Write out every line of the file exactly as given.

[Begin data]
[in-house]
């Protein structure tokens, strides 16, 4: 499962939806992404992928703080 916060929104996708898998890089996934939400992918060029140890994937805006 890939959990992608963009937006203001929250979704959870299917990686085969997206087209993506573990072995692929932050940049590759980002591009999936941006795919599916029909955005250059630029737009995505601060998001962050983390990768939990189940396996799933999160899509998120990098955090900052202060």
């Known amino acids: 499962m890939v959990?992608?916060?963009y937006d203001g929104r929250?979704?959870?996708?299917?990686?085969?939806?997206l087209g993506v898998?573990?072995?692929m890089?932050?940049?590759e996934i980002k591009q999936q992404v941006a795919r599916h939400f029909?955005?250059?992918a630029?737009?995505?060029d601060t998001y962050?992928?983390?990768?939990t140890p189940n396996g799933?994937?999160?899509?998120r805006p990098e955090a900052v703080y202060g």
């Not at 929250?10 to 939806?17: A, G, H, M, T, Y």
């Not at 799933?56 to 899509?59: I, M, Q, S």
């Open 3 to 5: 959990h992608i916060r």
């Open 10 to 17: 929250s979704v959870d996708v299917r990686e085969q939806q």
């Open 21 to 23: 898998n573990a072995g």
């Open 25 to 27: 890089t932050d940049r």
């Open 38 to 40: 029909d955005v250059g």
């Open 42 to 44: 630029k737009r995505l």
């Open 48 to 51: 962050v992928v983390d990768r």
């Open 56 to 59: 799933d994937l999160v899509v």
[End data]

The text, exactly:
[in-house]
């Protein structure tokens, strides 16, 4: 499962939806992404992928703080 916060929104996708898998890089996934939400992918060029140890994937805006 890939959990992608963009937006203001929250979704959870299917990686085969997206087209993506573990072995692929932050940049590759980002591009999936941006795919599916029909955005250059630029737009995505601060998001962050983390990768939990189940396996799933999160899509998120990098955090900052202060």
């Known amino acids: 499962m890939v959990?992608?916060?963009y937006d203001g929104r929250?979704?959870?996708?299917?990686?085969?939806?997206l087209g993506v898998?573990?072995?692929m890089?932050?940049?590759e996934i980002k591009q999936q992404v941006a795919r599916h939400f029909?955005?250059?992918a630029?737009?995505?060029d601060t998001y962050?992928?983390?990768?939990t140890p189940n396996g799933?994937?999160?899509?998120r805006p990098e955090a900052v703080y202060g």
């Not at 929250?10 to 939806?17: A, G, H, M, T, Y």
């Not at 799933?56 to 899509?59: I, M, Q, S």
């Open 3 to 5: 959990h992608i916060r």
């Open 10 to 17: 929250s979704v959870d996708v299917r990686e085969q939806q």
């Open 21 to 23: 898998n573990a072995g």
């Open 25 to 27: 890089t932050d940049r």
């Open 38 to 40: 029909d955005v250059g």
């Open 42 to 44: 630029k737009r995505l």
């Open 48 to 51: 962050v992928v983390d990768r």
């Open 56 to 59: 799933d994937l999160v899509v």